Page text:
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Mother tells what it's like.....

Kheridan Cooper is a very loving, kind and compassionate child.  Kheridan also has Autistim.  Throughout her childhood, Kheridan has received respite care through Breakthru, as well as other therapy through Comcare.  In 2014 she was connected with Rainbows and began receiving Targeted Case Management services. Rainbows’ Targeted Case Managers have since worked to diligently connect Kheridan and the Cooper family with helpful resources in the community.

With funds raised at Rainbows’ 2018 Blarney Breakfast, TCM presented Kheridan with an ipad and keyboard.  “It helps me to learn important things,” said Kheridan.  “It also helps me to stay calm and helps relax me. I use the ipad to do school stuff like math and learn about science and other important things I need to know for school.  When I am done learning, my mom lets me play games on it.  My mom and I also have a YouTube Channel and we post videos of us doings things together on there.”

Kheridan’s mom, Martecia explained, “One issue I struggle with at home is providing an outlet or means for Kheridan to express how she is feeling. Because she has a hard time managing and controlling her emotions, if she becomes upset and is unable to communicate that to me, it can lead to an extended outburst. Rainbows has connected us to resources, like an iPad, that teaches her how to deal with her emotions or encourages her to re-channel her emotions into an educational incentive instead.”

Martecia is passionate about telling her daughter’s story. She desires for people to have a better understanding of Autism and the people behind the diagnoses. In her own words, Martecia explains what it has been like raising a child diagnosed with Autism and shares about their experience with Rainbows:

There are misconceptions about people with Autism. There is so much I wish people knew about Kheridan, that they might not know after meeting her the first time. I want people to know that my daughter is much like any other child. I consider her Autism to be a mild setback, not debilitating.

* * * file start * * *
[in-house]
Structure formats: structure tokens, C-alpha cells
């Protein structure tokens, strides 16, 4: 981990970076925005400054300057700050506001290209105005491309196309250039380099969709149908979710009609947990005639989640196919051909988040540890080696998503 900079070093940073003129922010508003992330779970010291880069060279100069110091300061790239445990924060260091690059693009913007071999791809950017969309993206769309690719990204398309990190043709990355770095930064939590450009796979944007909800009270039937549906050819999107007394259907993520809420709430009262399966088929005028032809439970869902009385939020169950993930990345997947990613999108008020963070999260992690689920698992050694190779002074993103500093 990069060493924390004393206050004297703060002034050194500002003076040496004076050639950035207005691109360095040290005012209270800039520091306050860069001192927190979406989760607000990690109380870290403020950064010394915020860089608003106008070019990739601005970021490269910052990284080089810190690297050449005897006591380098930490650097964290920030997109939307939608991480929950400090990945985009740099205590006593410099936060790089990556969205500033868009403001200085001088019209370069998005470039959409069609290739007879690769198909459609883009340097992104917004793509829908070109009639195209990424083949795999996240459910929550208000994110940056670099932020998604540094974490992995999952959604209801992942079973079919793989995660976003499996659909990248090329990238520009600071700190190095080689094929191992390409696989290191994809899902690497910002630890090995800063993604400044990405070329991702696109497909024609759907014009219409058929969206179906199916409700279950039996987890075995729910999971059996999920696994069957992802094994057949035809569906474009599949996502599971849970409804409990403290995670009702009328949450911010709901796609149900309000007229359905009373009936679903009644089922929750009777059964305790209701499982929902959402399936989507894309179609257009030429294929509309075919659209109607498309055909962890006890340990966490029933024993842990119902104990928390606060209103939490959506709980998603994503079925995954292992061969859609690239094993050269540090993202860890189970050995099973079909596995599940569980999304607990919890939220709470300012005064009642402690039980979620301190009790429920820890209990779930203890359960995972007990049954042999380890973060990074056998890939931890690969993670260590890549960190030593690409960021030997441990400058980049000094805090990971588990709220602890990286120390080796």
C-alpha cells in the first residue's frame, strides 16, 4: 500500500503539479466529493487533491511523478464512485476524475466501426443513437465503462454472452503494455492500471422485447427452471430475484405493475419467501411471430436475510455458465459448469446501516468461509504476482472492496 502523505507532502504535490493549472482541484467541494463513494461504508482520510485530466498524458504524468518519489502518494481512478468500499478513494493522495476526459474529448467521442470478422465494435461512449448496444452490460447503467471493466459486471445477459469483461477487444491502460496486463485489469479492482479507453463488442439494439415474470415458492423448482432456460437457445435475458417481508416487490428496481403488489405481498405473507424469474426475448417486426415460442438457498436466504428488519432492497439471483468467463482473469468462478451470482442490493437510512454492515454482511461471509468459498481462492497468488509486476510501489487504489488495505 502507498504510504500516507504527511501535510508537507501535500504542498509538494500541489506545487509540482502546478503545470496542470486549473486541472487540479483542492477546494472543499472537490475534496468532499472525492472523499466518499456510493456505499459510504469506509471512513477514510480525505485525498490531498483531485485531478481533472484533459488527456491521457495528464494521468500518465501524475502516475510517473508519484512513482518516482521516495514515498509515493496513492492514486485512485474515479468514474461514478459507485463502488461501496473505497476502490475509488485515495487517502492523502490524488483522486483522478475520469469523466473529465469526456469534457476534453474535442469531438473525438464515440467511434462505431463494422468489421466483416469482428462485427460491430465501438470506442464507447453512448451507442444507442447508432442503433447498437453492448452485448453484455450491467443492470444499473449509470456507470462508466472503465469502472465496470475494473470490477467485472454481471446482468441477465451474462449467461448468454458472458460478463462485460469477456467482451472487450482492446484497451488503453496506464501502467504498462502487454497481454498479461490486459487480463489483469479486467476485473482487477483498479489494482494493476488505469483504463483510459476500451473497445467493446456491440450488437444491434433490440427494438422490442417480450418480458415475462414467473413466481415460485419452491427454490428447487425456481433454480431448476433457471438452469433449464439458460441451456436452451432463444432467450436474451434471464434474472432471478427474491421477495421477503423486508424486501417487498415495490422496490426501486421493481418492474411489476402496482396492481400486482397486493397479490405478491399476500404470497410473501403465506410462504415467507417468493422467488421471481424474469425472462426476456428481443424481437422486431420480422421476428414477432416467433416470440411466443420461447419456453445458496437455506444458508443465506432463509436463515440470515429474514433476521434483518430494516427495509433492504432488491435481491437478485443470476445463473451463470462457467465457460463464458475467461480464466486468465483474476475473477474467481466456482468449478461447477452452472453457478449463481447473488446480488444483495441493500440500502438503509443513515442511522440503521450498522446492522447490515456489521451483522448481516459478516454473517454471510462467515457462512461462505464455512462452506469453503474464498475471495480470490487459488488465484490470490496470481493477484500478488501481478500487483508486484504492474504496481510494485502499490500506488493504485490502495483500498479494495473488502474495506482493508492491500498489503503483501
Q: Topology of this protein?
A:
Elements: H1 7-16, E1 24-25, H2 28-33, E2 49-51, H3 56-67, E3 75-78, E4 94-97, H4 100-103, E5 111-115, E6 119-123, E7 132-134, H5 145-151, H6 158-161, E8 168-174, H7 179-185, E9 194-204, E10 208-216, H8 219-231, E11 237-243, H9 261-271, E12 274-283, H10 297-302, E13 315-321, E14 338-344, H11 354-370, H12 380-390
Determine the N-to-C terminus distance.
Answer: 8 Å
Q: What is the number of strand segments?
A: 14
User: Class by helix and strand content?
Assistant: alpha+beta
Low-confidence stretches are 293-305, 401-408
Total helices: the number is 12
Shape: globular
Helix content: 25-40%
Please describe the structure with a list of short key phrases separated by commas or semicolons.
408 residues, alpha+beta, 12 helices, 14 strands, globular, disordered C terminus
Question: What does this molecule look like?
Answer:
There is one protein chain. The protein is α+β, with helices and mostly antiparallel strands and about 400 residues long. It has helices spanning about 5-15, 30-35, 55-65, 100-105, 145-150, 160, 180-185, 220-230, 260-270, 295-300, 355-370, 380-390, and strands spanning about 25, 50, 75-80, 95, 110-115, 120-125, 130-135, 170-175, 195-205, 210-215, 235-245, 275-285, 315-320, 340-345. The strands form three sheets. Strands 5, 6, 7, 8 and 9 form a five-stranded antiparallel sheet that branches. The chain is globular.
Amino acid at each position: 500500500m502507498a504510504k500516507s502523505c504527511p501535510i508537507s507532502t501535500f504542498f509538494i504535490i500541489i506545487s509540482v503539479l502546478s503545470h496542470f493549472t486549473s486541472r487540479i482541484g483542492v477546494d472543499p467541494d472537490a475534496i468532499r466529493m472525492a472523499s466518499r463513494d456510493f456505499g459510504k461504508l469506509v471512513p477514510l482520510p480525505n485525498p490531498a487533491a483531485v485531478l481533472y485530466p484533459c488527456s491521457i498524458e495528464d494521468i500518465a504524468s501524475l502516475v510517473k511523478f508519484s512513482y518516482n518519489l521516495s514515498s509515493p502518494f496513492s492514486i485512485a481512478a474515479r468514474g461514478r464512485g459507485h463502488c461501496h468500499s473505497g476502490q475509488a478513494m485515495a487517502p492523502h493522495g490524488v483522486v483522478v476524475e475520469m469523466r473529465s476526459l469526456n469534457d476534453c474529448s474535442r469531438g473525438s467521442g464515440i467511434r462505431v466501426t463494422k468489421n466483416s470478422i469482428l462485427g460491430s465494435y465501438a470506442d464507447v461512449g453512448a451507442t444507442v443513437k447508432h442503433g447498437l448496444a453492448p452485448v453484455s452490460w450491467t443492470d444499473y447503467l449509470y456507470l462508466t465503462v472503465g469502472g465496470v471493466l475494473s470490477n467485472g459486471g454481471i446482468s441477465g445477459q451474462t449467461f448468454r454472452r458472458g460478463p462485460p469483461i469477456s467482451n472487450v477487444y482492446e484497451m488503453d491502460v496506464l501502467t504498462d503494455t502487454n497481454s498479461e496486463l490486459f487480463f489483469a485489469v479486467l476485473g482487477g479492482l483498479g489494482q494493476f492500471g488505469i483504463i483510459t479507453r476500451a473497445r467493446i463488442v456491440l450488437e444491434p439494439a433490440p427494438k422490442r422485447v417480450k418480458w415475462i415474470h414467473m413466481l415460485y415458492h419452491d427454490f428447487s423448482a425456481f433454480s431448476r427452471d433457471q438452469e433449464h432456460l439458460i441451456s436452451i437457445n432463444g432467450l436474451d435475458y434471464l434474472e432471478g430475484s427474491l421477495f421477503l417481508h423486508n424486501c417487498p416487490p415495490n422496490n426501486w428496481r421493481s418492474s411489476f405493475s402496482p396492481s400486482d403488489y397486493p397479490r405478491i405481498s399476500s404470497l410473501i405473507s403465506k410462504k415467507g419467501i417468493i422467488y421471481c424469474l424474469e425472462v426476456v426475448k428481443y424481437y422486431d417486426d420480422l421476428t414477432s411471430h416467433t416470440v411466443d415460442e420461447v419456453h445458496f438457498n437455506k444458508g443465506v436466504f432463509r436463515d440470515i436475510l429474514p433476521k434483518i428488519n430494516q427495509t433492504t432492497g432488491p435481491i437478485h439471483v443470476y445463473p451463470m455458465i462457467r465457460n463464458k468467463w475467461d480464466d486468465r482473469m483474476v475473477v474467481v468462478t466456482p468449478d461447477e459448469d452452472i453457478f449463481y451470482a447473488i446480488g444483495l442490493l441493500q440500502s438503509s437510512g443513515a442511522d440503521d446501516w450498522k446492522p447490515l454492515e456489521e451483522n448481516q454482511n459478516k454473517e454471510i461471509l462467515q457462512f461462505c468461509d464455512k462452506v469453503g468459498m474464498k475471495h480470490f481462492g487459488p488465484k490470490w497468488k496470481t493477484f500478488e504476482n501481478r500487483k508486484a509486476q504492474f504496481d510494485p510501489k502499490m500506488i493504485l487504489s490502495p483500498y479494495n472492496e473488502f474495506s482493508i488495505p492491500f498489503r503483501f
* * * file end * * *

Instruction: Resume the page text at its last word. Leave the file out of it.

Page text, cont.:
My daughter goes out of her way to greet everyone she sees and wants to give them a hug.  She is friendly and outgoing. Kheridan is making improvements, and I don’t expect her life to be limited. I want people to know that Autistic children are beautiful children; they are not diseased or “weird.” I used to worry that my daughter wouldn’t have any friends and that children would pick on her. However, I have fortunately found I was wrong in thinking so.  My daughter has a number of friends and fits in just fine. She is involved at church, and is taking swimming lessons.

My daughter loves to draw and paint, and is actually very gifted in these areas. She has a beautiful singing voice. Where she is a little behind in some areas, she more than makes up for it in others. I like to think of her as my 3-D present, just when I think that I have figured her all out, and mastered one dimension of her, there is yet another layer to her that I get to discover. Having her as my daughter has truly been a journey and a blessing.

I, of course, have to make accommodations and modifications for her, which I gladly do. For example, loud noises really trouble her. Because of this, I don’t take her to places I know will be loud. She also struggles with excessively crowded places, because her senses are overloaded with stimulation. I choose to take her to places at specific times of the day, when I know there will be less people there.

Rainbows has a kind and caring staff that truly seeks to help their clients have a better life and adjust to their current situations. It is a great organization. If it wasn’t for Rainbows, my daughter would not be receiving the tools and resources we need. Many of the necessary tools we have now, I could not afford on my own as a single mom. Thank you Rainbows.